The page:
New Study Recommends Using Caution With Energy Drinks

Energy drinks have become a popular way for people to get a boost of energy during the day. They are marketed in convenient little packages with a single serving inside so you can take them on the go, making them simple to take whenever you want. However, the researchers conducting a recent study into the health benefits of energy drinks are urging caution when taking them in light of their results.

The results of the study, published in Frontiers in Public Health, found that the risks of adverse health events outweighed the short term benefits of the energy bursts the drinks provide. Some of those adverse health events included mental health problems, increased blood pressure, obesity, tooth erosion, kidney damage, and risk-seeking behavior like violence and antisocial behavior. The researchers also highlighted the worrying trend of mixing energy drinks with alcohol. No specific products were mentioned in the study results.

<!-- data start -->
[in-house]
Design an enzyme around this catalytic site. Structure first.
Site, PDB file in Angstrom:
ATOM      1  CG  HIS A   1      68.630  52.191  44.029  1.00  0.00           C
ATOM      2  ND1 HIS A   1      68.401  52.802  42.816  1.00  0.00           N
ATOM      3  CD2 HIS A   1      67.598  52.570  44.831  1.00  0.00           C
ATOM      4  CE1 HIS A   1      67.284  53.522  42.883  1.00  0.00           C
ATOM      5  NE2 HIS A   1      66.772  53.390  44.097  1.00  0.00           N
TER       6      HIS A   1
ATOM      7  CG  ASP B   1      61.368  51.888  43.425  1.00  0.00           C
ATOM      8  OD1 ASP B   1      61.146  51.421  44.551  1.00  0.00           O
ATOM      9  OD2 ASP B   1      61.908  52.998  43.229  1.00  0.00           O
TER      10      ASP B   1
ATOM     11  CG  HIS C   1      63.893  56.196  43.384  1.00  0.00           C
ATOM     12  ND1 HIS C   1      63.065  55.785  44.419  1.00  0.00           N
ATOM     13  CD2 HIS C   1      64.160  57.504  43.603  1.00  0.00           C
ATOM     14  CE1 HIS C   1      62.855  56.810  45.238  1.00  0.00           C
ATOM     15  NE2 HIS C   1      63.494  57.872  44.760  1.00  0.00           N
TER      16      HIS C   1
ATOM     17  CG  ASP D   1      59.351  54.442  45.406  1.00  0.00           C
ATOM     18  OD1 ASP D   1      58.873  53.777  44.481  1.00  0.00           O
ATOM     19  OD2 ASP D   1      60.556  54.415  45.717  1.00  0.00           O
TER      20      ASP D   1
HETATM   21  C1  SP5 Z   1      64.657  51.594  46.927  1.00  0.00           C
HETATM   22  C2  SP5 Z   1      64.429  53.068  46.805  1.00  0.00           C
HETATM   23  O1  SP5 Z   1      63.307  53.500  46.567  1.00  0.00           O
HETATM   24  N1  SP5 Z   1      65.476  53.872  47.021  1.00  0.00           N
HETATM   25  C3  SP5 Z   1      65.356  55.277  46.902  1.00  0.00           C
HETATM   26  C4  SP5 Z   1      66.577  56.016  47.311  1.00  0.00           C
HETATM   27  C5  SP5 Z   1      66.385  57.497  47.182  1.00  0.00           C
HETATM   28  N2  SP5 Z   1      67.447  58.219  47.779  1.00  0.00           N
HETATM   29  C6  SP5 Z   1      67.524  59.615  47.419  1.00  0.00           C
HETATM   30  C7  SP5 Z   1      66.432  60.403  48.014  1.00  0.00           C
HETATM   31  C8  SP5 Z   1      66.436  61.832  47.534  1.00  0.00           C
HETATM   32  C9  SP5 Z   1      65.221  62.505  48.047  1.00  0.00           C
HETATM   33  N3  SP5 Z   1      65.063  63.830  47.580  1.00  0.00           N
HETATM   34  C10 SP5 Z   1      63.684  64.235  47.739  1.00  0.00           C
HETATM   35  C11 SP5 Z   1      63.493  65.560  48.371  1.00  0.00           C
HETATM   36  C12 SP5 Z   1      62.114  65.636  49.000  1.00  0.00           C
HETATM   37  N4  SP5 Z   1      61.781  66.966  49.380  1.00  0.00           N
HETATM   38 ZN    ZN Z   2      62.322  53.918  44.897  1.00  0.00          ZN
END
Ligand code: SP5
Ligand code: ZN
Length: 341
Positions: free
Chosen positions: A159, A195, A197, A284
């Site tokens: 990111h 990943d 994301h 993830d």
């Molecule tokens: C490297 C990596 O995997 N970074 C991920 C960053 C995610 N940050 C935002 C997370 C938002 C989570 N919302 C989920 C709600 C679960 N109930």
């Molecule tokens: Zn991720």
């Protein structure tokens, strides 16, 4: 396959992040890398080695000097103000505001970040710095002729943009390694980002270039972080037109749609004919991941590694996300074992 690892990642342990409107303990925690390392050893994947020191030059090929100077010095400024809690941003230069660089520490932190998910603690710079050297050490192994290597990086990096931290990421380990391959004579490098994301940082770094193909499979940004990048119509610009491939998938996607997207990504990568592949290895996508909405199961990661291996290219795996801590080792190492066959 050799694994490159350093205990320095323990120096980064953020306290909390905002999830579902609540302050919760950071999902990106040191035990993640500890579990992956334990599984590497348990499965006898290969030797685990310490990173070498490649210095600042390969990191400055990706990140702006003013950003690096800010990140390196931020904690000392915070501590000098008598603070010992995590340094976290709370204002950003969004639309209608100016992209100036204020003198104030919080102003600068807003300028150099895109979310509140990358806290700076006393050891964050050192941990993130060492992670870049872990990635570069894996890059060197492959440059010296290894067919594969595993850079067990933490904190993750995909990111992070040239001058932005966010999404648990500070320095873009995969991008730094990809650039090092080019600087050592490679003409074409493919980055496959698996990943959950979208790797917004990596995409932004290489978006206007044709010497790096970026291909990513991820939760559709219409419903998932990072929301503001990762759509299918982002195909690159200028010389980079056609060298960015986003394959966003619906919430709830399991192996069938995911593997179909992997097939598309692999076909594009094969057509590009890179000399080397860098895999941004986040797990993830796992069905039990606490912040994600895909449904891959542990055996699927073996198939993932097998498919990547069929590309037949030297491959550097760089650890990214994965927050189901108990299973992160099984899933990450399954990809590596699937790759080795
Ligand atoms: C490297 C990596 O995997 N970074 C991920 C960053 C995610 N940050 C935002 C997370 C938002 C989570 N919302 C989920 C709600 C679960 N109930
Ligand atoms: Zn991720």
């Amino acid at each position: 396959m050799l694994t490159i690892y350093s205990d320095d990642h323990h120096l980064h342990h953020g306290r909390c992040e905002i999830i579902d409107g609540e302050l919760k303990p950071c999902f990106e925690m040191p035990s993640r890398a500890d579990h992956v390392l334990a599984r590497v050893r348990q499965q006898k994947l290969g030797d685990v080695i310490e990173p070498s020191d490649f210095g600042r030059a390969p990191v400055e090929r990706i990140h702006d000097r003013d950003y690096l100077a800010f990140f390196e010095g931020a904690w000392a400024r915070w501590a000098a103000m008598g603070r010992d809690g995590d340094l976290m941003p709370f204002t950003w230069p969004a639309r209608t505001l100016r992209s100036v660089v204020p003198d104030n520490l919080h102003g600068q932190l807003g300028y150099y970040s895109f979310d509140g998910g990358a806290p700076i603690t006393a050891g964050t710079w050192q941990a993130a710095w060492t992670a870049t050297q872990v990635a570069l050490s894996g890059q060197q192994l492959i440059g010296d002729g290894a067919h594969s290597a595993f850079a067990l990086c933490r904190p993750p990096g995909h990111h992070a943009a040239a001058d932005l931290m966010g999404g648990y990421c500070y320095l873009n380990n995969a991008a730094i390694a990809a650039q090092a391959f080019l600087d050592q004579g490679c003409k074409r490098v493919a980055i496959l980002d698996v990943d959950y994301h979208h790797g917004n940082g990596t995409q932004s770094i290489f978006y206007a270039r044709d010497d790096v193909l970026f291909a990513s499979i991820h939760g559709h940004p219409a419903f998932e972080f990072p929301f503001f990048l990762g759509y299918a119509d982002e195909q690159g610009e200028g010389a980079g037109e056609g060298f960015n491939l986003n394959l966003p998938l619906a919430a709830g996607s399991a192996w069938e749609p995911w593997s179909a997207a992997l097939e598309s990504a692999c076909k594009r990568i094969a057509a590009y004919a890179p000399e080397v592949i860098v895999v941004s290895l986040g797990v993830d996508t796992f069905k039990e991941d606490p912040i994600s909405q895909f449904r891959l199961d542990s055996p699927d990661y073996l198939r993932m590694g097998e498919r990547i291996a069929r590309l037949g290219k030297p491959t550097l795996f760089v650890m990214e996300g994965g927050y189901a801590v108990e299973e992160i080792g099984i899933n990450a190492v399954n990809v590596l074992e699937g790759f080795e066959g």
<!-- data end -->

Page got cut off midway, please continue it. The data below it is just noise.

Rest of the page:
The average energy drink can have up to 100 milligrams of caffeine per ounce, far exceeding the recommended daily limit of 400 milligrams for adults. Coffee has a little over 10 milligrams of caffeine per ounce. The rest of the ingredients, including water, sugar, caffeine, vitamins, and stimulants like guarana and taurine, have a minimal effect on the amount of energy provided by the drink.

The energy drinks are basically flavored, concentrated caffeine doses. According to study co-author Josiemer Mattei, an assistant professor of nutrition at the Harvard T.H. Chan School of Public Health, “The excess caffeine may contribute to cardiovascular outcomes, such as increased blood pressure.” There is not much scientific knowledge about the other ingredients used in the drinks, which should be alarming in itself.

Since energy drinks are classified as supplements, there is not much oversight of the energy drink industry by the U.S. Food and Drug Administration. The researchers say that more regulatory oversight is needed in the energy drink market. In particular, the researchers are calling for limits on the amount of caffeine that can be in the drinks and stricter regulations on marketing the drinks towards children and teenagers.

Today, the energy drink industry is worth nearly $10 billion per year in the United States. While they are often marketed as a healthy way to get an energy boost during the day, the unknown nutritional benefits and high caffeine content are reason enough to be cautious when using them or even avoid them altogether.